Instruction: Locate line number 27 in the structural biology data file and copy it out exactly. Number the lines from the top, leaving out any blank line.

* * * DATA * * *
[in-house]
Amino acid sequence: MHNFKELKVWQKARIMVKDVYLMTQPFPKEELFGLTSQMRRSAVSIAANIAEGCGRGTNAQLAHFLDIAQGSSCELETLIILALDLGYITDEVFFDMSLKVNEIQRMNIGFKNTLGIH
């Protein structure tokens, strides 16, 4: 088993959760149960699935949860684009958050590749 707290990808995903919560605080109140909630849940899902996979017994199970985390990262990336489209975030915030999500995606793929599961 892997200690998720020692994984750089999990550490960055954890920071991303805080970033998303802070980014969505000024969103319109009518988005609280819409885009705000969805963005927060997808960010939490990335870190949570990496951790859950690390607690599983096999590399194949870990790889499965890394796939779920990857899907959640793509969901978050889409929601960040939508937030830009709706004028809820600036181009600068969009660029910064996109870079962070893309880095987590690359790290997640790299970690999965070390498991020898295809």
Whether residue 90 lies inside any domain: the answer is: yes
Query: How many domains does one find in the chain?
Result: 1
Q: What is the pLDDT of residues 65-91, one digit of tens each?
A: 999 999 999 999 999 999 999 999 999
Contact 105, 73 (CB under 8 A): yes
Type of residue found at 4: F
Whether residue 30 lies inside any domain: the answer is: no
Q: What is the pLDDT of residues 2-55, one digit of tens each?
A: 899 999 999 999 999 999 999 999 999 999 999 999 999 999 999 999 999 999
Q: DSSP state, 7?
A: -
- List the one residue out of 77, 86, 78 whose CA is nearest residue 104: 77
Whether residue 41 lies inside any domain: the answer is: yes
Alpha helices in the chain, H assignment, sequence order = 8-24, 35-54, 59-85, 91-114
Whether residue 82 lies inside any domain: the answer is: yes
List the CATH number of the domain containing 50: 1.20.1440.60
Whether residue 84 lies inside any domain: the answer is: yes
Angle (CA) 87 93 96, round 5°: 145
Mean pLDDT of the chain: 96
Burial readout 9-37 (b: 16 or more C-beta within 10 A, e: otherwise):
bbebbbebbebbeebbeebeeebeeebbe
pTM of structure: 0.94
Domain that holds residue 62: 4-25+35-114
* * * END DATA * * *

Domain that holds residue 62: 4-25+35-114